With these things in mind, we rolled up our sleeves and decided to take a closer look at the well-known lightbulb and not-quite-as-well-known electric motor*. Here’s what we have for you, fellow experimenters, this month.

*electric motors are everywhere, even if they aren’t in that many cars

Re-inventing the lightbulb and the motor

Using nothing more than household batteries, History Lab experimenters can re-create some of Edison’s earliest attempts to find a filament that would give good light without burning too quickly AND build a simple model electric motor. We recommend this workshop for experimenters ages 8 & up, but younger children are welcome to work with an older child or an adult.

Questions about this event? Shine some light on our inbox or give us a call at 512-478-2335.

11 Aug

The Woman Must Marry, Else How Live: The Culture of Weddings from 1850-1950

Invitation

The meaning of getting married

The American Wedding evolved alongside the material culture and social norms of the United States and the individual communities within it. The wedding ceremony did not exist as a fixed concept in most people’s minds until the middle of the 19th century. Weddings were the pragmatic products of their immediate environment rather than public celebrations–and displays of wealth.

This exhibit traces the culture of weddings as they took place in Texas from the beginning of the wedding as a common set of standards in the 1850s to the dawn of the more public and elaborate wedding that we experience and know today in the 1950s. Incorporating period textiles as well as original texts on the planning of weddings in the 19th century and the etiquette of courtship, we turn our focus not only on the material aspects of weddings but also on the social context in which men and women were married. As the setting and styling of the wedding evolved, so did common ideas of what men and women ought to do–including whether their love for each other was an indispensable part of a good marriage.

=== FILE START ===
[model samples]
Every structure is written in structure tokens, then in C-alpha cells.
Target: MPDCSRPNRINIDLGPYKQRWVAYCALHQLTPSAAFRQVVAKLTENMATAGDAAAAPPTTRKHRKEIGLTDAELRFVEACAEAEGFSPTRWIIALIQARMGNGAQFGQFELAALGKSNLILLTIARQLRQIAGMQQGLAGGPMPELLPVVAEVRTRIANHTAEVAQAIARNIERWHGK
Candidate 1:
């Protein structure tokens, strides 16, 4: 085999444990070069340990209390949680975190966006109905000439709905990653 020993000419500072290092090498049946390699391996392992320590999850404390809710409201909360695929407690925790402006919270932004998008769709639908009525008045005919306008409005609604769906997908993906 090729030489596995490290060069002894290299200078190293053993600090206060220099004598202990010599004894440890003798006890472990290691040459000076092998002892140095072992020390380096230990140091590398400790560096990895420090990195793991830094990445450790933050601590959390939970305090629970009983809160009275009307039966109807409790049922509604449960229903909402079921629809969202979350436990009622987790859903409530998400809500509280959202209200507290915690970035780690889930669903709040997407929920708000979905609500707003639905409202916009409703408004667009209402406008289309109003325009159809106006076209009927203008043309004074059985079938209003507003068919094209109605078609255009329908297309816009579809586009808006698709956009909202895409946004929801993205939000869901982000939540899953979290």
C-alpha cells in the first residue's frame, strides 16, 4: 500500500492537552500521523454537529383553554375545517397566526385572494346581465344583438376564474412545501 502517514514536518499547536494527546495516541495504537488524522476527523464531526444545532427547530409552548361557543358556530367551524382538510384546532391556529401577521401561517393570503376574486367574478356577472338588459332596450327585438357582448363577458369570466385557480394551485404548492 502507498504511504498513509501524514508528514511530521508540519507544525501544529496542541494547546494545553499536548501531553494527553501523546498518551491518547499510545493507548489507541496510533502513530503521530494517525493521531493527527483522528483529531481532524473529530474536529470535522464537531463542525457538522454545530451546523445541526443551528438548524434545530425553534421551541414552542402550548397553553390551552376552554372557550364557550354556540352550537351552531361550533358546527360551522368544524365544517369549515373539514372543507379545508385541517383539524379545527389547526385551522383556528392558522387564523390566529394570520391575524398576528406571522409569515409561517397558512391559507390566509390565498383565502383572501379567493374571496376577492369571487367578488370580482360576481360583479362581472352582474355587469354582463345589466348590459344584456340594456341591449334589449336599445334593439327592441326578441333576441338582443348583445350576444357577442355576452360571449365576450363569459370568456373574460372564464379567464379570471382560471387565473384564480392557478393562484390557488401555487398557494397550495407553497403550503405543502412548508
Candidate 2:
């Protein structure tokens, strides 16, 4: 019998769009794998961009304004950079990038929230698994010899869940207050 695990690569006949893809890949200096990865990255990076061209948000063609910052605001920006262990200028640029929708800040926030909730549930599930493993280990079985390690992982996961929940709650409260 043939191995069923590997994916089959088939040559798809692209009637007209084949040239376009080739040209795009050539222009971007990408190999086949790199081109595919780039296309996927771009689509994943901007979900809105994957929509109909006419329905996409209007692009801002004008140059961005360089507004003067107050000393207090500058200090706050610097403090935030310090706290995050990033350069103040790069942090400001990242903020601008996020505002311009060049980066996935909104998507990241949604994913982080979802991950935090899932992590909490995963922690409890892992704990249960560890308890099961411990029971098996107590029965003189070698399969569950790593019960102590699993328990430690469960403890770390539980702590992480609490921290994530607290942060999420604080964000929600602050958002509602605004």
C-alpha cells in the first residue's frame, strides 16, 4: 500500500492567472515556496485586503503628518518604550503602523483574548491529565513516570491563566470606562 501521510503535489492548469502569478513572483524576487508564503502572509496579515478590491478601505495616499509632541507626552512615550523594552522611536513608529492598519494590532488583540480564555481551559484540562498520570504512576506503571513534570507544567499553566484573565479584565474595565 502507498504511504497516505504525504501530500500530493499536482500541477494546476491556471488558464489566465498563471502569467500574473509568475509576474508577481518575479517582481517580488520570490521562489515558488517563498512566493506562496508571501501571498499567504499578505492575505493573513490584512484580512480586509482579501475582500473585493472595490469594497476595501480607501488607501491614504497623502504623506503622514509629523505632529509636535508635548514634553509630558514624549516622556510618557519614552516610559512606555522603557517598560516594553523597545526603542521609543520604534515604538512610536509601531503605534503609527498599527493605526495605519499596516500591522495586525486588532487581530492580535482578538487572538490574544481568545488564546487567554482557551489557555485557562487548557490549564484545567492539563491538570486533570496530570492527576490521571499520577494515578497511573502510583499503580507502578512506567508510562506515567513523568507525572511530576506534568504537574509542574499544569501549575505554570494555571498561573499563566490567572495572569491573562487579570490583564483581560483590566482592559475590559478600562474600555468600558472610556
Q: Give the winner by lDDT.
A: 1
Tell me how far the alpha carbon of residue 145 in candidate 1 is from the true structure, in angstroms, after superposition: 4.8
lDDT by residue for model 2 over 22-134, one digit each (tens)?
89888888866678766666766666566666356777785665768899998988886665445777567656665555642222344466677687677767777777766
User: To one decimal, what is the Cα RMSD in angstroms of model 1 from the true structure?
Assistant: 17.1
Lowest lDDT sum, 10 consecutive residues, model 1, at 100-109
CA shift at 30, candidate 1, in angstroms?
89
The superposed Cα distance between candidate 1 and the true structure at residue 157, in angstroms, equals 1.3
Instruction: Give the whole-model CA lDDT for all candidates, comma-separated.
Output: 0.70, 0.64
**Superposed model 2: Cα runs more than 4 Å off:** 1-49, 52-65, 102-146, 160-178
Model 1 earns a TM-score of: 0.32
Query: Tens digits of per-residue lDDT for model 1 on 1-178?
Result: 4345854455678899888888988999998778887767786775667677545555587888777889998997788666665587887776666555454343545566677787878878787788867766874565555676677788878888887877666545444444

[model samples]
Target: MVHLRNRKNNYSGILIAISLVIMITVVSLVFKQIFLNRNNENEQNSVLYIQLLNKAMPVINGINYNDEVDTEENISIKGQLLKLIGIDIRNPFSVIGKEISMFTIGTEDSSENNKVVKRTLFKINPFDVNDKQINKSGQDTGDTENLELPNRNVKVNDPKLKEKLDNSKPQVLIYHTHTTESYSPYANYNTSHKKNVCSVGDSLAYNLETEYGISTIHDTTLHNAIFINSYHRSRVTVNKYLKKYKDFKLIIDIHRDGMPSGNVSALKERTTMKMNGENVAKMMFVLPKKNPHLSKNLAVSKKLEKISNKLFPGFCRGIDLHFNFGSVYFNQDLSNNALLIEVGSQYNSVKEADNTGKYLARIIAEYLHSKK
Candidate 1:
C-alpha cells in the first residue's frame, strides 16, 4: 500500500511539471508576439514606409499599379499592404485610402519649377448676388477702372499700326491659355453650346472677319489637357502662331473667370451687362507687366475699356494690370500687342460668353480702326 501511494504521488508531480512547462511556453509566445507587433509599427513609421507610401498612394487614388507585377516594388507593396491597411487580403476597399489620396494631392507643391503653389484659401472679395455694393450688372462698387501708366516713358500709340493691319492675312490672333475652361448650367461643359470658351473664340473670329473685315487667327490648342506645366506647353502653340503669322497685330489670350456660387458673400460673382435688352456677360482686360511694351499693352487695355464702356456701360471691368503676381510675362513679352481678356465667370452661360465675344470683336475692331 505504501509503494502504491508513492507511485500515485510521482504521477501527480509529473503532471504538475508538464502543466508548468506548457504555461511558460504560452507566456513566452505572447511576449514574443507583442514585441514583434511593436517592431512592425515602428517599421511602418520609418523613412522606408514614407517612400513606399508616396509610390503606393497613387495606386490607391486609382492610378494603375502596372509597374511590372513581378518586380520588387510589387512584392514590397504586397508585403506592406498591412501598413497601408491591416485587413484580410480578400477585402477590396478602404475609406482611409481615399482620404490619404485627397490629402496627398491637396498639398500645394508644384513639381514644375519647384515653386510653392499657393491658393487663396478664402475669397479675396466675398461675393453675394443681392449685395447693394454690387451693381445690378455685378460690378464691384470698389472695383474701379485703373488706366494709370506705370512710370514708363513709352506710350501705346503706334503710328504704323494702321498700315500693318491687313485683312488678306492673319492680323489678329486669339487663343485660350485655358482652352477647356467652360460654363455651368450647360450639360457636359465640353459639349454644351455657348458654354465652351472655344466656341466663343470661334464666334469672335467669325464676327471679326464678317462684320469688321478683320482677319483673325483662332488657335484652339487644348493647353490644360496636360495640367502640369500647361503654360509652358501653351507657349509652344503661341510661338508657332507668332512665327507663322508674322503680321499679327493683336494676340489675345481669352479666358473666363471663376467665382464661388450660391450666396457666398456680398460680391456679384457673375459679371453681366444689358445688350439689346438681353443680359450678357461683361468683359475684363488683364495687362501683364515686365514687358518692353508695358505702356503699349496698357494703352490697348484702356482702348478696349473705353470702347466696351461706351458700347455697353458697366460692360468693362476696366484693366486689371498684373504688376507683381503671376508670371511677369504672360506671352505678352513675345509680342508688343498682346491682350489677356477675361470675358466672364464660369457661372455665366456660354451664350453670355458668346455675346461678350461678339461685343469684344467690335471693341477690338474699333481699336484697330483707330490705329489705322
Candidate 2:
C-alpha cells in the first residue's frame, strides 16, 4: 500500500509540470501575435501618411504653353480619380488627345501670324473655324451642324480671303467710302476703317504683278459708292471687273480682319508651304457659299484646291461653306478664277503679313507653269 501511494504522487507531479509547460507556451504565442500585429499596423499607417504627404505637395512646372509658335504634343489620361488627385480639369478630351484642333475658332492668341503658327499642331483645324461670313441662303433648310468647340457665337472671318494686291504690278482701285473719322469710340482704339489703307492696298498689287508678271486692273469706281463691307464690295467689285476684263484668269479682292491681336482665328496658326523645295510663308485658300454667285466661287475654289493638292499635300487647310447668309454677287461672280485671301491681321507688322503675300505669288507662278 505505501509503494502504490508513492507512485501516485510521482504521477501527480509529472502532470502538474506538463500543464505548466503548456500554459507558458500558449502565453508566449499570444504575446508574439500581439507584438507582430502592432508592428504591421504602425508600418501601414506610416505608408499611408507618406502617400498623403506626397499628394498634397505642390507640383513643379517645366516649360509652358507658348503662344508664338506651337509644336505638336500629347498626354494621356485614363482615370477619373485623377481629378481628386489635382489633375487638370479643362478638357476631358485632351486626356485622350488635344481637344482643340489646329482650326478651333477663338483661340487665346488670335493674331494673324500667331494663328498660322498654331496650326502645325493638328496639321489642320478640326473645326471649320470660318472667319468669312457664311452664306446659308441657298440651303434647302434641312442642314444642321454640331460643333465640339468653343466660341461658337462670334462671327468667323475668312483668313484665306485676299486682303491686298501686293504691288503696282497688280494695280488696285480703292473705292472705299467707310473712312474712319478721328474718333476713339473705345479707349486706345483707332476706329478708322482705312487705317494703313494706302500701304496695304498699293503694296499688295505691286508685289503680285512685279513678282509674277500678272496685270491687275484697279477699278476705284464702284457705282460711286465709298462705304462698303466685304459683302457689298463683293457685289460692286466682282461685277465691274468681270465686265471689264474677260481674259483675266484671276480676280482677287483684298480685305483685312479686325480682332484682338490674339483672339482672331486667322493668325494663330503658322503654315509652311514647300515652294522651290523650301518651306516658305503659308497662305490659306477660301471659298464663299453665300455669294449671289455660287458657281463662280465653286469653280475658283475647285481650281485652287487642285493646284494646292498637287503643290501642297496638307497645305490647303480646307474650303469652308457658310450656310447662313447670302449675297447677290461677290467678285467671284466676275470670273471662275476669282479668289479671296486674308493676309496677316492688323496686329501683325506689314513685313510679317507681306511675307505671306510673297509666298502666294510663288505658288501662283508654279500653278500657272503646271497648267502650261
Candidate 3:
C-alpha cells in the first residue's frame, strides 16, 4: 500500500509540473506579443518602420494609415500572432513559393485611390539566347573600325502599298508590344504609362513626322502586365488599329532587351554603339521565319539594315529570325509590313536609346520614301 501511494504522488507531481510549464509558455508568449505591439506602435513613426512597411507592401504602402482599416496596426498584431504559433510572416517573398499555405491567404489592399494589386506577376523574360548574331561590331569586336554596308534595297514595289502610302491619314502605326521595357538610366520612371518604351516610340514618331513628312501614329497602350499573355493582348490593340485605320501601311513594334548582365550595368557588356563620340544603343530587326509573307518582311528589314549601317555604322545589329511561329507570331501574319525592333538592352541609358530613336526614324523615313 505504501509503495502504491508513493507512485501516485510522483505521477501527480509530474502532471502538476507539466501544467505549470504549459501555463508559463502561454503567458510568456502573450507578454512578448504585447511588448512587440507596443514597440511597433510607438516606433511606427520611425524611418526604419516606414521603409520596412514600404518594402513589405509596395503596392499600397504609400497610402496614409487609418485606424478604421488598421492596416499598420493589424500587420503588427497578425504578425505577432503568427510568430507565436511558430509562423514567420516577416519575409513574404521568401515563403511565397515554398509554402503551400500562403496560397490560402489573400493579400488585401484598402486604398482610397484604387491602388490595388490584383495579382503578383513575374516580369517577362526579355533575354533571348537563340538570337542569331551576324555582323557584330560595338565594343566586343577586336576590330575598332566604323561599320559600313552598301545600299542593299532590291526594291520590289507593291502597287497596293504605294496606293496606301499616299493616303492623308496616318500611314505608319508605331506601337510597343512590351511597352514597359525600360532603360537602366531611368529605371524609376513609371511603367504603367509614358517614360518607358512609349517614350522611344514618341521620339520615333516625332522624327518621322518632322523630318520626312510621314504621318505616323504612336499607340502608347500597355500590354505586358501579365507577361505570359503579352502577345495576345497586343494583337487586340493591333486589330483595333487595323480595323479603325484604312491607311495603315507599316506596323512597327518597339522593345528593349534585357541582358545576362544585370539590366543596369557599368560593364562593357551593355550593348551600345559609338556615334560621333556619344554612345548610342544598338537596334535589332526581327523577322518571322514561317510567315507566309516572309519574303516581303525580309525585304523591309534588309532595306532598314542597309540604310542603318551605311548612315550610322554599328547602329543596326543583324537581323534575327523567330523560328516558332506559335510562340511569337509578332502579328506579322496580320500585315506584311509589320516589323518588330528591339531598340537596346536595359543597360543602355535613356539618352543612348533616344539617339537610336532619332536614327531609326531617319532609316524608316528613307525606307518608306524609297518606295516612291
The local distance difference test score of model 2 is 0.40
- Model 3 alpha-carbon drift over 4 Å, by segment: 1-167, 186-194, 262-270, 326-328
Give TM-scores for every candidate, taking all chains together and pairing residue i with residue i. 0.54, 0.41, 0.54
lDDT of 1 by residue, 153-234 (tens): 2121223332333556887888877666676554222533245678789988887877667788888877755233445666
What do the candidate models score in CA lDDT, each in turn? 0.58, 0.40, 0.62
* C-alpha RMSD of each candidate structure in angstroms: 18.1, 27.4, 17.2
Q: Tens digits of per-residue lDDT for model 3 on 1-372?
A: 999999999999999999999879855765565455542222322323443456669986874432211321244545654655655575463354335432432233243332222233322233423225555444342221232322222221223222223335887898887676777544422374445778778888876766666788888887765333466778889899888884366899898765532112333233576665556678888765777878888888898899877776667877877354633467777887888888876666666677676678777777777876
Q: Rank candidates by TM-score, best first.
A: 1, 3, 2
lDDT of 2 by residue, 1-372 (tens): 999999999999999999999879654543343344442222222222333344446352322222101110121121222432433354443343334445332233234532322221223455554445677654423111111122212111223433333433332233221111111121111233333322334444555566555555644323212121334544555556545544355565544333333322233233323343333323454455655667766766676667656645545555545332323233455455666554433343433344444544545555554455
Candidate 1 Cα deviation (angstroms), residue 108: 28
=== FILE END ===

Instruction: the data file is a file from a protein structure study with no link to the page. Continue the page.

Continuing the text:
From the pragmatic ceremony staged at home (and sometimes without a minister or member of the clergy) to the publicly advertised gathering at a large civic space and from the practical union of a man to a woman whose vocation was the rearing of children to the centering of love and romance in the common understanding of weddings, we get married just as we live. The more we look at the historic context of weddings, the more we see that the way we understand the symbolism, pragmatism, and social implications embedded within the moment at which a marriage begins is not absolute but rather anchored in our own present.

Cake Topper Final
Jones Wedding Dress (with bride, too) (657x900) (2)

The Woman Must Marry, Else How Live? Opening Reception, Thursday, March 2nd, from 6:00 to 9:00pm

Amplify Neill-Cochran with complimentary cocktails by Freedmen's, a history of weddings, and live demonstrations of History Lab experiments.

We’re opening this exhibit in conjunction with our fundraising efforts for Amplify Austin 2017. (Read more about Amplify Austin here) Proceeds we raise during this event will go towards our $3,000 goal to fund another year of History Lab, our free, hands-on take on the history of technology and the arts.

We’ll be accepting live donations during the event by credit card, but you can also schedule your donation online anytime before March 3rd at 6:00pm.

11 Aug

Feburary 19 – The Senator versus the Regulator

Anti-regulation Texas squares off against the comparatively recently-formed Federal Power Commission. Returning to our look at the red scare politics of the 1950s, this month we turn to an early moment in Lyndon Johnson’s political career that would foreshadow the energy crisis of the 1970s. Bill Childs joins us for his talk, “The Senator versus the Regulator.”

read more
11 Aug

February 5: Sunday Funday: Pop-up Books

Pop-Up History

Long before one could pick up a tablet and conjure up a streaming video at the touch of a finger, the pop-up book was a popular sensation because of the way it engaged the imagination in a way that flat images and text never could. In fact, some of the earliest moving image books were anatomy texts; if a picture is worth a thousand words, pictures that move in 3 dimensions must be even more valuable!

While books with sliding and moving images date back at least to the 13th century, the pop-up book as we know it was not mass produced until 1930. By designing and building our own pop ups, we’ll get to think a little bit about the know-how it took to bring these familiar childhood books into our homes and lives – and have fun being creative, too!